Latest reports have highlighted a distinct slowdown in growth in the housing sector since the start of the year. Despite a clear need for more houses this is not converting to actual sales. In fact, price drops have become commonplace in the second-hand market, and sales of properties over €500,000 have shown a 21 per cent drop since the start of the year.
All of this points to an affordability issue for buyers, and a gradual market realisation that prices need to be adjusted accordingly. Add to this fears over Brexit and Central Bank mortgage lending restrictions and the slow 2 per cent growth in number of mortgage drawdowns in the first quarter begins to make sense. Compare this with growth rates in 2018 of about 20 per cent.
Meanwhile, the throughput of housing stock for sale is strong. "June and July have been unseasonably strong with the flow of stock coming through," said Angela Keegan, managing director of property website MyHome.ie. "It's possible people are more confident about the market because, remember, if they are selling they are buying too. We know interest rates are not going up in the near term and there are excellent fixed-rate mortgages available too."
There is, however, greater uncertainty around asking prices; in the first two quarters of 2019, MyHome.ie recorded twice as many price drops as price increases in Dublin. “When looked at in their entirety the price changes aren’t huge, averaging around 1 per cent,” Keegan says, “but they reflect the gap between sellers’ starting optimism and buyer restrictions linked to the Central Bank lending requirements.”
Certainly at the premium end of the market there has been a distinct reality check between prices sought and actual sale prices in traditionally sought-after locations. Take Saintbury House on Killiney Hill, with fine sea views and provenance as the one time home of actress Maureen O'Sullivan, it was placed on the market in 2016 seeking €2.95 million and only sold in recent months when it was picked up by Hibernia Reit chief executive Kevin Nowlan for €2.275 million – 23 per cent below the original asking price.
Not far away, Montebello, a splendid old 8,000sq ft Victorian on nearly four acres of private grounds, was placed on the market nearly two years ago seeking €9 million, but was quietly removed from the market before summer – unsold. Similarly, St Georges on Georges Avenue – a most unusual gothic revival arts and crafts extravaganza on more than an acre – was launched seeking a heady €9.25 million last year and has since been removed from the listings while the vendors “reassess”.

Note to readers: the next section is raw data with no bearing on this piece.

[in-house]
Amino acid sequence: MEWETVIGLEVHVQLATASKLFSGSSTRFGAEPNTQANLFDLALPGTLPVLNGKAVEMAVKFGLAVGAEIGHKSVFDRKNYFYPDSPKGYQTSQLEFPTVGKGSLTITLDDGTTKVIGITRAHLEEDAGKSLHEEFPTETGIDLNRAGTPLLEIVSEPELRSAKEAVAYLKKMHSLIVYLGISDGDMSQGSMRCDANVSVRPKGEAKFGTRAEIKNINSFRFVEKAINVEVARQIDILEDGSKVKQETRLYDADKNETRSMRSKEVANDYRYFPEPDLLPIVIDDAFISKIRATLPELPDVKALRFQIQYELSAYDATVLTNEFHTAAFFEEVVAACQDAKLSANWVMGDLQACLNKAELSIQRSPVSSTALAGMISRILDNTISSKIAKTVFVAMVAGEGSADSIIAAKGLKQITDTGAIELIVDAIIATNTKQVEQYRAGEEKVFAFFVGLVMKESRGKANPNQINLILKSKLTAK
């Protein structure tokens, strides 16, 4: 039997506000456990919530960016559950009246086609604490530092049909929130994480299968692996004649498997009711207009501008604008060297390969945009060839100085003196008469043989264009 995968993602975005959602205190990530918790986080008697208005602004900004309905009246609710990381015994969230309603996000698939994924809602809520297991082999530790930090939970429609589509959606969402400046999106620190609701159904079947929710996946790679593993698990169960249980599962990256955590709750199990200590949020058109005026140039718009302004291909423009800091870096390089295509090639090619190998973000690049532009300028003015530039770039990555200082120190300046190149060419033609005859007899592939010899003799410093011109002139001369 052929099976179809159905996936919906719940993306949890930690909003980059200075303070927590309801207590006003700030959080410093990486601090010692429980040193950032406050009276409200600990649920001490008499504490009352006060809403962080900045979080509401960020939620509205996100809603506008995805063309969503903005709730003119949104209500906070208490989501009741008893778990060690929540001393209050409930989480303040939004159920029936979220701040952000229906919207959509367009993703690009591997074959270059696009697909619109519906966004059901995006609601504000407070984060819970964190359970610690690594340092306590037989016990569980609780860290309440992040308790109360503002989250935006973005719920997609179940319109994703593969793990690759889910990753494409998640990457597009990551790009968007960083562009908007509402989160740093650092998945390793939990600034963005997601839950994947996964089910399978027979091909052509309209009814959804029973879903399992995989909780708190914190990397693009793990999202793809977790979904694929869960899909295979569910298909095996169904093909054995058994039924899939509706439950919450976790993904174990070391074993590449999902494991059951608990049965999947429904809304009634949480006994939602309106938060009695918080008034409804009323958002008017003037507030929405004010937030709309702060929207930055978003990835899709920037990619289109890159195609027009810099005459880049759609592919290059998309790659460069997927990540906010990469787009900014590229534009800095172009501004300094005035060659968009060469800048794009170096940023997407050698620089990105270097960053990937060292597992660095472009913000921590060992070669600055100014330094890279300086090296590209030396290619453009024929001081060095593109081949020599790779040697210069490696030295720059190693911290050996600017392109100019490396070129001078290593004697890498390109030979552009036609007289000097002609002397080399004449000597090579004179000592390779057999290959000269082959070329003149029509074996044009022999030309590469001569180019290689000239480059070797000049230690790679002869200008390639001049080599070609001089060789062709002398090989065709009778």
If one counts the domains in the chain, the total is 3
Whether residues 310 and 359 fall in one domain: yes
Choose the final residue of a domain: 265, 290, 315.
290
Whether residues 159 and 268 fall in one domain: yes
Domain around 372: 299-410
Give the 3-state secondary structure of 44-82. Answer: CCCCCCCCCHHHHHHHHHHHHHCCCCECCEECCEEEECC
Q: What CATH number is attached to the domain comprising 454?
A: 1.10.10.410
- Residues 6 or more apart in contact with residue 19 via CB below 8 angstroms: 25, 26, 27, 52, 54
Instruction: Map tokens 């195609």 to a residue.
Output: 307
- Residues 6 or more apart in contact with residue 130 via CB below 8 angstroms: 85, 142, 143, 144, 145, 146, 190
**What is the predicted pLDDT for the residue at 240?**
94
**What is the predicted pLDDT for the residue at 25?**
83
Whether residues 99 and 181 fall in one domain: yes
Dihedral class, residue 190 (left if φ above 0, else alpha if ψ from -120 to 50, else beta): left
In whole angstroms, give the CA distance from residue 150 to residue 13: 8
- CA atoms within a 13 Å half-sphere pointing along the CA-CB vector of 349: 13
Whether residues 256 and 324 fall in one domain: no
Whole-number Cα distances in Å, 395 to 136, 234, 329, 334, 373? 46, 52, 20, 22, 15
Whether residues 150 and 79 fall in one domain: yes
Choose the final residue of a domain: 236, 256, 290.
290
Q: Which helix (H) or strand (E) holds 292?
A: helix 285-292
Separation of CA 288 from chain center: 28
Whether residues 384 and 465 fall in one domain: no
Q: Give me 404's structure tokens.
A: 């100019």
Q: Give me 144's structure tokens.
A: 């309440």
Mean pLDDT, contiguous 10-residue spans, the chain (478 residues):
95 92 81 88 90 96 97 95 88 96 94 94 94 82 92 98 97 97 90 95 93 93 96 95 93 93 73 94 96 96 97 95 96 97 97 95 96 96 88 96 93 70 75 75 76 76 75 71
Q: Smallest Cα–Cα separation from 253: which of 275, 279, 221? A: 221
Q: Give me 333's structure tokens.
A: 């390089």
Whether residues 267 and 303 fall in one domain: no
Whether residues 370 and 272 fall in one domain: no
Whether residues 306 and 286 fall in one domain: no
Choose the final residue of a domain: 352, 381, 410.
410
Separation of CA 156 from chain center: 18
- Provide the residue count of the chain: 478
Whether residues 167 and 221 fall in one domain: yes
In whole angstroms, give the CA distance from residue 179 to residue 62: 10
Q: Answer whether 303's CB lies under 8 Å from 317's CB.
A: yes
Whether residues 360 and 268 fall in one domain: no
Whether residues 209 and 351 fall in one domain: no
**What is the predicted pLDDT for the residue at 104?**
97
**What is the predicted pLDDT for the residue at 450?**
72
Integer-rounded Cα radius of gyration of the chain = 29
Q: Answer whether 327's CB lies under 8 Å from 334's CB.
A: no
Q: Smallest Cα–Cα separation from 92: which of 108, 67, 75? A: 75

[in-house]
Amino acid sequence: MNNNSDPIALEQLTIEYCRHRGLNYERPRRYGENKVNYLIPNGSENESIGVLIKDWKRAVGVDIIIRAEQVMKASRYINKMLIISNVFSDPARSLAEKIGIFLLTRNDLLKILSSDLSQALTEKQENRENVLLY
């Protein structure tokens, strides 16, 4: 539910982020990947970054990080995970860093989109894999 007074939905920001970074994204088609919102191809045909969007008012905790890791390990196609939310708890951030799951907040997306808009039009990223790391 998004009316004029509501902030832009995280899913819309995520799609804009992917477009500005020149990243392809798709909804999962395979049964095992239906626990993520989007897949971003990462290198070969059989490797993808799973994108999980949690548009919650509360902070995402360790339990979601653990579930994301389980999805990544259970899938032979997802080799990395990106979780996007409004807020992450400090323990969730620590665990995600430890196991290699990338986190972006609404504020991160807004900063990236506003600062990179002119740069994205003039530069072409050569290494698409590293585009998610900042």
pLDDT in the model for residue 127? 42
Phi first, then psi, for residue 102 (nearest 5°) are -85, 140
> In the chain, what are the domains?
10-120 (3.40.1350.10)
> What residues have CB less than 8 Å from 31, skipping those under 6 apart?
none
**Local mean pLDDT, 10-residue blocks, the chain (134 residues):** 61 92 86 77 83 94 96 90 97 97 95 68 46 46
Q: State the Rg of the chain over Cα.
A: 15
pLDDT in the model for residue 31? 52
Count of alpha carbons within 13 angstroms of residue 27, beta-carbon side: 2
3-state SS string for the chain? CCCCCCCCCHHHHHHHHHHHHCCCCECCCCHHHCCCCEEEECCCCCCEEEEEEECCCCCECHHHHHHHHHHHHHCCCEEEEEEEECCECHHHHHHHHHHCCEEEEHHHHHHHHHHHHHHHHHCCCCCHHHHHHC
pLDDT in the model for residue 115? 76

Closer to town in Dartry, where record-breaking sales have been a staple in recent years, the secluded enclave saw a number of recent sales fall well below the mark. Number 29 Temple Road sold for €4.8 million a year after it launched seeking €5.75 million – a 17 per cent reduction. Then 17 Temple Gardens in Rathmines sold for €3.5 million, a 22 per cent discount on its original asking a year earlier of €4.5 million. Nearby Hadleigh, at 42E Palmerston Road, took three years to sell and finally went for 19 per cent below its €3.25 million asking price for €2.65 million.
According to Sherry FitzGerald selling agent Rena O’Kelly: “Deals are certainly taking longer to close, in particular where work is required on the property. The cost of renovations and labour have shot up. What might have been an additional refurb cost of €500,000 has soared to between €750,000 and €1 million.”
While the price drops on MyHome.ie are averaging only about 1 per cent, higher-end properties appear more susceptible to larger discounts. Take number 10 Mount Street Crescent, a fine Georgian opposite the Pepper Canister Church in Dublin 2 which launched in March 2018 seeking €2.3 million and has lately been reduced to €1.8 million.
In Dún Laoghaire, 12 Windsor Terrace dropped 11.7per cent from €1.7 million to €1.5 million, while on Saval Park Road in Dalkey, number 4 has dropped 16 per cent from €1.195 million to €998,000 in July.
Uncertainty around Brexit has put the brakes on sales, according to one agent who is seeing far more price-conscious relocators from the UK impacted by lower sale prices for their own properties over there and who are stuck on the wrong side of the exchange rate. When they buy they want “turnkey” properties that require no additional investment.
But Peter Kenny, selling agent with Knight Frank, sees this as temporary, and anticipates much stronger activity post-Brexit: "There is no doubt once the Brexit uncertainty passes – one way or the other – we will see a lot more activity in the Dublin market. We're already seeing activity as companies move operations here. Ireland is a small market, so any influx of extra investment in property makes a big difference."